Just inside the door of in Washington Square is a brilliant carnivale of color. Sunlight fractures through dozens of pastel cellophane bags, filled with springtime goodies.
A freezer case full of gelato reminds me of a painter's palate, from its bright, glistening purple blackcurrant and deep mauve raspberry, to rich browns and beiges with undertones of cocoa or nuts. From the shelves beckon little chocolate pyramids and hearts and bars wrapped in fine gold foil. The urge to run around touching everything, to plunge my hands into the bins of cookies like a kid in a toy store, hits me hard.
And the cakes—oh, the cakes! Curlicues of icing dance over dark, velvety chocolate. Snow-white frosting peeks out between toasted almonds the color of amber, the gold and brown overlaid like layers of a pine cone. There is a heart-shaped confection, no larger than the palm of your hand, with a chocolate disc like a beret perched jauntily over a cloak of raspberry mousse. Some have whimsical names, like the 'Sarah Bernhardt,' that Venus of the stage, known in her day as 'The Divine Sarah.'
If only all of the sweets were as divine as the true Ms. Bernhardt. The flavors within that heart-shaped framboise dainty are pale reflections of its rosy pink and umber facade. A mango cake tastes more like a discordant buttercream than the sweet fruit for which it is named.
One glorious exception is the 'Jamaica,' a union of rich chocolate mousse, a few liquor-soaked cherries, and chocolate cake with a fine crumb. The server hasn’t a clue about the Caribbean moniker (she doesn't know who Sarah Bernhardt was, either), but the Jamaican effect is intense and decadent while still surprisingly light.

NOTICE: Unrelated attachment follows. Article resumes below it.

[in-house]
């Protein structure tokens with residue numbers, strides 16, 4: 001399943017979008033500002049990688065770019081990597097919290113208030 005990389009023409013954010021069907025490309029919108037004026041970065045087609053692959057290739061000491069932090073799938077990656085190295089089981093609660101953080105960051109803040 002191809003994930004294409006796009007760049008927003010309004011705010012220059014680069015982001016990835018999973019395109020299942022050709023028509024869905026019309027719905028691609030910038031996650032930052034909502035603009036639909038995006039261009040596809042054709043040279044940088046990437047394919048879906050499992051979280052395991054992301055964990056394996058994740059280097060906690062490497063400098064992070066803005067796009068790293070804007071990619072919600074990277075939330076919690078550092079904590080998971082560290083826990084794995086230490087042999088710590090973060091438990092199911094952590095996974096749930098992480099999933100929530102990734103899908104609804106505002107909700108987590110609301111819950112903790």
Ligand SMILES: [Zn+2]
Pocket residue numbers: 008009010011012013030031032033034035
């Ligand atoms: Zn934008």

Likewise, the chocolates made in-house can be more capricious than steadfast; a chocolate pyramid with almond paste felt crumbly and aerated, rather than smooth and luscious like a bourbon-filled heart.
At the cafe tables, in a warm room filled with sunlight from large windows, a few students pore over laptops. They nurse cups of milky cappuccino, each crowned with about two inches of foam, and perhaps a flaky croissant tasting of butter and air. Most baked goods are made in the larger kitchen space at the Athan's in Brighton, and then transported across the city to emerge, golden and crispy, from the oven just as the rest of us get the hankering for a morning pastry.
A few salads, sandwiches, and wraps draw in some lunchtime visitors to Athan’s Brookline, while the Brighton location offers more expansive choices for breakfast and lunch, as well as dinner entrees like braised lamb shank or hearty spaghetti bolognaise.
In Brighton, a plate of brioche French toast is unremarkable; even if the thick slices of bread are day-old, I'd rather not be able to taste it. A breakfast panini topped with bacon, cheddar, and a fried egg is dragged downwards by its bread, an imitation ciabatta without any of the chewy crust or character. This bread is dense, thick, and tasteless, and there's far too much of it to build a successful sandwich. A turkey panini suffers from the same problem, though the turkey is high-quality and a drizzle of rosemary-infused oil perks things up.
But it’s really the sweets that are the star of the show, and Athan’s can sell you enough colorful cakes and chocolates to build a gorgeous springtime dessert table. Just choose carefully if you want a feast as delicious as it is beautiful.
Athan’s Brookline is open Sunday to Thursday 8am-10pm; Friday and Saturday 8am-11pm. 1621 Beacon Street, Brookline. MBTA: Green Line (C) to Washington Square. Athan’s Brighton is open daily 8am-11pm. 407 Washington Street, Brighton. MBTA: 57 bus to Washington Street at Leicester Street.